The BBC will cut 300 jobs in its production arm as part of a wide-ranging restructuring, it said today.
The broadcaster said the number of staff at BBC Studios will be slashed as it continues to cut costs - with most of the job cuts taking place in England.
As part of the BBC's cost-cutting drive, it has already removed its guarantee half of its programmes are made by BBC Studios.
Yesterday it said the studios will move towards a "flexible model", bringing in staff for fixed periods and retaining others for year-round programming.
The BBC said it had saved £1.6bn in its new charter, mostly through productivity, but "more savings need to be found". Staffing, which accounts for a quarter of its costs, "has to play a part in that", it added.
"These plans - including today's changes for BBC Studios - are all focused on enhancing what we can deliver for the public, and ensuring there is a strong, world class BBC for audiences for the future."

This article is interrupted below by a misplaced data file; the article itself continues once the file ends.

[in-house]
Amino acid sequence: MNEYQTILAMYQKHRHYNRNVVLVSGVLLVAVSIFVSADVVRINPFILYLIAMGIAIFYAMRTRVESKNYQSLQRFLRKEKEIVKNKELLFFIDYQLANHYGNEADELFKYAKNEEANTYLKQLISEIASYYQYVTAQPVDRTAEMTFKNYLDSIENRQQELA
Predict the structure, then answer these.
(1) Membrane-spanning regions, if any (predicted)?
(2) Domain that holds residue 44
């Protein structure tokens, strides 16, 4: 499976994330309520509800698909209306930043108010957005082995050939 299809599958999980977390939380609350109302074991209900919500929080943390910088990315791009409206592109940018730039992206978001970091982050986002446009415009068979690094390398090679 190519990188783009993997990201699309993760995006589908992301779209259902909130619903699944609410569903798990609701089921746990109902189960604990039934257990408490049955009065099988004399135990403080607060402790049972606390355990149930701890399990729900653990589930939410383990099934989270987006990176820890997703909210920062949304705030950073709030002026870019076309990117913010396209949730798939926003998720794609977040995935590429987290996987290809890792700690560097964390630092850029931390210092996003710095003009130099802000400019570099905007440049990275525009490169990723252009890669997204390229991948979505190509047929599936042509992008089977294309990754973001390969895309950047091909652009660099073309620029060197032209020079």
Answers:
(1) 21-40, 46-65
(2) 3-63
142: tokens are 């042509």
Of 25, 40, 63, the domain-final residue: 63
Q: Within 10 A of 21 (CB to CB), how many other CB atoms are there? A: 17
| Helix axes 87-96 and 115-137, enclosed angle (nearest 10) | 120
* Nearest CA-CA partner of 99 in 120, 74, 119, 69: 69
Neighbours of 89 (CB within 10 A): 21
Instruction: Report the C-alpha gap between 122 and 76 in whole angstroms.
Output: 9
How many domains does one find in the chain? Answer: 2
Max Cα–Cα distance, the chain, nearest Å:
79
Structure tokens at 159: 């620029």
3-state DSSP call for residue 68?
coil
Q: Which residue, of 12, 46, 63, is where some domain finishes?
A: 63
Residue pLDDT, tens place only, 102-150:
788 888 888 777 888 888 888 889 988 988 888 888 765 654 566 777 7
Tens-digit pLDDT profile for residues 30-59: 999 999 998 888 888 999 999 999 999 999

Mark Linsey, director of BBC Studios, said:
A strong, creative and competitive BBC Studios is crucial to maintaining the BBC’s role as one of the world’s great programme makers – and we are committed to delivering the best content in all our genres. These plans will ensure we can compete successfully in the future.
The BBC has been criticised over its lack of diversity by communications watchdog Ofcom. Sharon White, the regulator's chief executive, said the corporation will not receive "special treatment" when Ofcom begins overseeing it next year.
“We have done an awful lot of research, talking to people in Scotland, Wales and Northern Ireland, and they do not feel the stories being told sufficiently reflect their stories,” she told the Financial Times.
There may be further savings it can make - a freedom of information request by City A.M. earlier this week showed it has spent £60m on hotels in the past seven years, and 2016 is on track to be the highest on record.